Compassionate communication as human solidarity

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Compassionate communication as human solidarity

Cees J. Hamelink

In a recent book on “Communication and Human Rights”, I propose that all discussions on communication rights, the right to communicate or the right to communication should be based upon the notion of “communicative justice”.1 This means doing justice to the human capacity for compassionate communication. This mode of human communicative behaviour features four fundamental human rights principles. Its realisation is possible only when Article 28 of the Universal Declaration of Human Rights (UDHR) is taken seriously.

In the UDHR four principles are essential: the respect for human dignity, the right to freedom, the right to equality, and the right to security. Applying these principles to human communication – in its manifold manifestations – four basic standards emerge: communicative dignity, communicative freedom, communicative equality, and communicative security.

Communicative dignity means that communicative behaviour is guided by respect for human dignity. It avoids the humiliation of people through de-individualization, discrimination, disempowerment, and degradation. Communicative freedom means that people are free to accept or reject each other’s claims on the basis of reasons they can evaluate. The respect for the communicative freedom of others requires that we accept the other as fundamentally different from us and see their alterity as a unique feature that cannot be assimilated and reduced to similarity.

Communicative equality means that in communicative behaviour the participants are equal to initiate communication, that speech acts are symmetrical, and that communication roles are reciprocal. Communicative security means communicating in a caring manner. Security means knowing you will be cared for. A secure society is a community of mutual care in which people are protected against forms of verbal and non-verbal harm to their physical, mental or moral integrity. Since human security is most deeply undermined by experiencing anxiety, communicative behaviour avoids practices and politics of fearmongering. Communicative security also requires an environment in which people can trust that their interactions are not monitored by third parties.

I propose to place the notion of “communicative justice” at the core of these communicative standards:

Communicative justice

The concept “communicative justice” refers to a not-yet-realised common standard of human communicative behaviour. This standard represents an entitlement to dignity, equality, freedom, and security in all human communicative acts. It represents a mode of communication that does justice to the human capacity for compassion.

The core of compassionate communication is human solidarity. The notion of solidarity originates in Roman law, where it referred to the accountability of each member of a certain community for the debts of any other. This limited view of solidarity was expanded with the French revolution when solidarité took on a meaning beyond the context of the law and came to suggest the idea of mutual responsibility between an individual and society. Solidarity began to mean a commitment of the individual to support the community and a commitment of the community to support the individual. This is primarily a moral commitment that cannot be enforced as a legal duty.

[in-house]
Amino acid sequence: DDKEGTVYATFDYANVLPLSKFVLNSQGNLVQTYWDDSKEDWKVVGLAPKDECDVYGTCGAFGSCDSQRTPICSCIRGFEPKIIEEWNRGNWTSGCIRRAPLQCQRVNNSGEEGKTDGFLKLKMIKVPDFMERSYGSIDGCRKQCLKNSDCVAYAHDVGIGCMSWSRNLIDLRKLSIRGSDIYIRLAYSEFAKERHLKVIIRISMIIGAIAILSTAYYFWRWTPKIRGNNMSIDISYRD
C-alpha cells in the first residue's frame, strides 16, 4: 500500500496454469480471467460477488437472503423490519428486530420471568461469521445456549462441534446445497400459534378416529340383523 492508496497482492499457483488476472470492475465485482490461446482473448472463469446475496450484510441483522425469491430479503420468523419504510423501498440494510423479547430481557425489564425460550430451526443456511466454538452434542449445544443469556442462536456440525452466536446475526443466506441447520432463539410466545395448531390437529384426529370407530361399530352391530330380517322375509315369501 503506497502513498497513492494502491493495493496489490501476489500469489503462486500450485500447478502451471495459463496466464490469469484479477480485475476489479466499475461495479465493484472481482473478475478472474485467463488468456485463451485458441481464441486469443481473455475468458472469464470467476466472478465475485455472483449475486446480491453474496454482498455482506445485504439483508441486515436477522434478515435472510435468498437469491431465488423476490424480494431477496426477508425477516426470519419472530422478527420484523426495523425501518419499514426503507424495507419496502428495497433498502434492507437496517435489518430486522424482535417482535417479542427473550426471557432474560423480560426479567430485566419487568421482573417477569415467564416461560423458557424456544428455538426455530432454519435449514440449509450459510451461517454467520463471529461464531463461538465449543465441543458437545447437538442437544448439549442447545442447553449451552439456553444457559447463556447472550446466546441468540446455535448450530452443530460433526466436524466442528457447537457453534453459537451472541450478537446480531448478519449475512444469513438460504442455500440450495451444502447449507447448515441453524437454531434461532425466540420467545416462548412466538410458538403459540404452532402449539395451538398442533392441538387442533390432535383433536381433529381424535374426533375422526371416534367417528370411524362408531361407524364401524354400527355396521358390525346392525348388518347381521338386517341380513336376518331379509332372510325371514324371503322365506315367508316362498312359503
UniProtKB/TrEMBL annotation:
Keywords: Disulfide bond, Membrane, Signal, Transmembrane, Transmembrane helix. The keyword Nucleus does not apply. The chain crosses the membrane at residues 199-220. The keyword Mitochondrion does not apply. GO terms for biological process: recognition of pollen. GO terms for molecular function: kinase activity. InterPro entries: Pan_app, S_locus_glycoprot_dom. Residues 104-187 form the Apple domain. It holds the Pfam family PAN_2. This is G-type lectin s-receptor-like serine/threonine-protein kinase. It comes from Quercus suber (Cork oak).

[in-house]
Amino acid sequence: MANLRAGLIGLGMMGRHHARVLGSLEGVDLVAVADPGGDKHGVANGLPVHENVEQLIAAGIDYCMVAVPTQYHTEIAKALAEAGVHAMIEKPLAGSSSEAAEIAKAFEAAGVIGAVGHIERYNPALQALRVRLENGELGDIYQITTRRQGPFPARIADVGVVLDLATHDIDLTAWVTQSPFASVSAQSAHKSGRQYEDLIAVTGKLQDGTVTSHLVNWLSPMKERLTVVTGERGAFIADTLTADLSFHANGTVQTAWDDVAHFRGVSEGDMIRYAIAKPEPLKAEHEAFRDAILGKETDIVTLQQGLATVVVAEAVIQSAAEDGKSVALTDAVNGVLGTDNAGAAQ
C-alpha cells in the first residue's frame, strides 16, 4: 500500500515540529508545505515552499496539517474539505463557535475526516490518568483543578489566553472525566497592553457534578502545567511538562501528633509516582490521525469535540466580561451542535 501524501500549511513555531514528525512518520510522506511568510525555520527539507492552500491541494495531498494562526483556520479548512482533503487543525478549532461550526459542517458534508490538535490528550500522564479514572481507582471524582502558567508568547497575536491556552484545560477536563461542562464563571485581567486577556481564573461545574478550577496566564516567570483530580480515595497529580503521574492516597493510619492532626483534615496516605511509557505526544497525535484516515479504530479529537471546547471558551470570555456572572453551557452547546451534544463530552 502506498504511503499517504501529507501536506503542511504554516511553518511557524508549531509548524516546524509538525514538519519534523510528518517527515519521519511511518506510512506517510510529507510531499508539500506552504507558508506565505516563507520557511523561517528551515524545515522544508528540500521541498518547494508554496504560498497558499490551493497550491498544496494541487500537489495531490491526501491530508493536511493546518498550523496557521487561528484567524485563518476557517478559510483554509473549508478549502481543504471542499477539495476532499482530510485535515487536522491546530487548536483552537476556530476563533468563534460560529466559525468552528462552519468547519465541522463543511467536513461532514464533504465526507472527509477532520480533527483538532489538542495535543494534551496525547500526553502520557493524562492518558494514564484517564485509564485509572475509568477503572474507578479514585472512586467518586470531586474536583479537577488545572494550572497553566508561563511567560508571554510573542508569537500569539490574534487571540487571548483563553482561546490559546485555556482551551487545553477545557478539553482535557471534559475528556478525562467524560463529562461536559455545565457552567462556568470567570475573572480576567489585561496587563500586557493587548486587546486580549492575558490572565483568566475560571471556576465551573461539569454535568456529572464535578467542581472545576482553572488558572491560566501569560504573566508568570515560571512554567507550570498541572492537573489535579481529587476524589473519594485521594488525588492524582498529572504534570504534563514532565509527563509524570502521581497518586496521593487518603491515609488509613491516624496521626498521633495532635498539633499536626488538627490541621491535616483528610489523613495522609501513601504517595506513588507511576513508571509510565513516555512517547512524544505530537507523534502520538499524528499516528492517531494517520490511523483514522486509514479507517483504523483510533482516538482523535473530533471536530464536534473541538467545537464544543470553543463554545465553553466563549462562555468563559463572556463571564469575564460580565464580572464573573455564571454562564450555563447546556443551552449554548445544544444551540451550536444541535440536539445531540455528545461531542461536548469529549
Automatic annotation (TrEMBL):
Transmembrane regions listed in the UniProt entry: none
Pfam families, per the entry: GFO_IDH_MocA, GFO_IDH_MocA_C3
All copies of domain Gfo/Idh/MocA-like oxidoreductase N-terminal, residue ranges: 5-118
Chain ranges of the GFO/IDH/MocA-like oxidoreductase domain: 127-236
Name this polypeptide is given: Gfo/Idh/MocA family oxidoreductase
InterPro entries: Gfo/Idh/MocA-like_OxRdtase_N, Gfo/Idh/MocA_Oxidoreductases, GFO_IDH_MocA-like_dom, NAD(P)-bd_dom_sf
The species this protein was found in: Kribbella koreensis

The concept, however, provides a framework of mutual obligations and responsibilities among members of communities (local, national, and even global) that binds them to the realisation of standards of common achievement. This resonates with early ancient philosophers such as Socrates and Aristotle who discussed solidarity as virtue ethics because in order to live a good life one must behave in a way that is in solidarity with the community.

Compassionate communication is an act of constructive power against the destructive power of communication. This mode of communication presents alternative solutions, includes all in an open and critical dialogue, explores the multiplicity of knowledges, and exposes deliberate acts of harm to the life-environment.


Human rights tell inspirational stories through which people can become agents of their own destiny. The human rights regime presents us with an image of a compassionate world. This amounts to the challenge to go from imagining a human rights-based society to realising a human rights-based society. Against the imagination of a world that accepts human rights as “common standard of achievement” (UDHR), there are formidable forces that are hostile to the imagination of autonomy, equality, and human security.

The communicative justice that I have described requires a process of institutional and mental transformation to a caring, egalitarian, convivial and secure social order. This reflects the provision of the often forgotten Article 28 of the UDHR which states: “everyone is entitled to a social and international order in which the rights and freedoms set forth in this Declaration can be fully realized.” This transformation means having the moral courage to commit to active participation in the public cause, to revolt against situations that we experience as unjust and immoral, to accept that our moral universe extends to future generations but also to new arrivals in our societies such as refugees and migrants.

Realising that living always means living with others, we have to take responsibility for a world in which we and others can live with dignity, freedom, equality and security. We have to decide how we will relate to this moral challenge.


1. Cees J. Hamelink (2023). Communication and Human Rights. Cambridge, Polity Press.

Cees J. Hamelink is emeritus professor of international communication at the University of Amsterdam, The Netherlands.